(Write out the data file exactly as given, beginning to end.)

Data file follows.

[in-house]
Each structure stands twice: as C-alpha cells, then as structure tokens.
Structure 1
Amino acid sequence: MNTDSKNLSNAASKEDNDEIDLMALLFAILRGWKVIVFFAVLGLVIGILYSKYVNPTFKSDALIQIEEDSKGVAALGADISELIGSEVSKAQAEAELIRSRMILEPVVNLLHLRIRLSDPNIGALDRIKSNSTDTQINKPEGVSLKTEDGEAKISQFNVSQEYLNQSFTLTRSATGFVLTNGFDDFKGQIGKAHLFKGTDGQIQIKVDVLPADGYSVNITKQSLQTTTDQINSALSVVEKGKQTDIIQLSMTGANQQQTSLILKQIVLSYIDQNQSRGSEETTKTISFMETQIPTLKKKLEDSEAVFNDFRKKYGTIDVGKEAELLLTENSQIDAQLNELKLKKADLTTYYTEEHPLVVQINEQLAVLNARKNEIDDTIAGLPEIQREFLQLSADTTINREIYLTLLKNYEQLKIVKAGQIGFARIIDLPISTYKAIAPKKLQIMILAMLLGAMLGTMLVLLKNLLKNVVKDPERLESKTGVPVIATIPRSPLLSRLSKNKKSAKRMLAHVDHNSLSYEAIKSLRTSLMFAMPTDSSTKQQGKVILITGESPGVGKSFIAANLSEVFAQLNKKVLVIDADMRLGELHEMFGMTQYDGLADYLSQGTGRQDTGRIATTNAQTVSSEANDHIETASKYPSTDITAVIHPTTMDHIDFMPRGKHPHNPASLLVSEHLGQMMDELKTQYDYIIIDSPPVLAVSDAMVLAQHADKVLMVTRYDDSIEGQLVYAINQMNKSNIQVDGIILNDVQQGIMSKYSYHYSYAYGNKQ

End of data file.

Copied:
[in-house]
Each structure stands twice: as C-alpha cells, then as structure tokens.
Structure 1
Amino acid sequence: MNTDSKNLSNAASKEDNDEIDLMALLFAILRGWKVIVFFAVLGLVIGILYSKYVNPTFKSDALIQIEEDSKGVAALGADISELIGSEVSKAQAEAELIRSRMILEPVVNLLHLRIRLSDPNIGALDRIKSNSTDTQINKPEGVSLKTEDGEAKISQFNVSQEYLNQSFTLTRSATGFVLTNGFDDFKGQIGKAHLFKGTDGQIQIKVDVLPADGYSVNITKQSLQTTTDQINSALSVVEKGKQTDIIQLSMTGANQQQTSLILKQIVLSYIDQNQSRGSEETTKTISFMETQIPTLKKKLEDSEAVFNDFRKKYGTIDVGKEAELLLTENSQIDAQLNELKLKKADLTTYYTEEHPLVVQINEQLAVLNARKNEIDDTIAGLPEIQREFLQLSADTTINREIYLTLLKNYEQLKIVKAGQIGFARIIDLPISTYKAIAPKKLQIMILAMLLGAMLGTMLVLLKNLLKNVVKDPERLESKTGVPVIATIPRSPLLSRLSKNKKSAKRMLAHVDHNSLSYEAIKSLRTSLMFAMPTDSSTKQQGKVILITGESPGVGKSFIAANLSEVFAQLNKKVLVIDADMRLGELHEMFGMTQYDGLADYLSQGTGRQDTGRIATTNAQTVSSEANDHIETASKYPSTDITAVIHPTTMDHIDFMPRGKHPHNPASLLVSEHLGQMMDELKTQYDYIIIDSPPVLAVSDAMVLAQHADKVLMVTRYDDSIEGQLVYAINQMNKSNIQVDGIILNDVQQGIMSKYSYHYSYAYGNKQ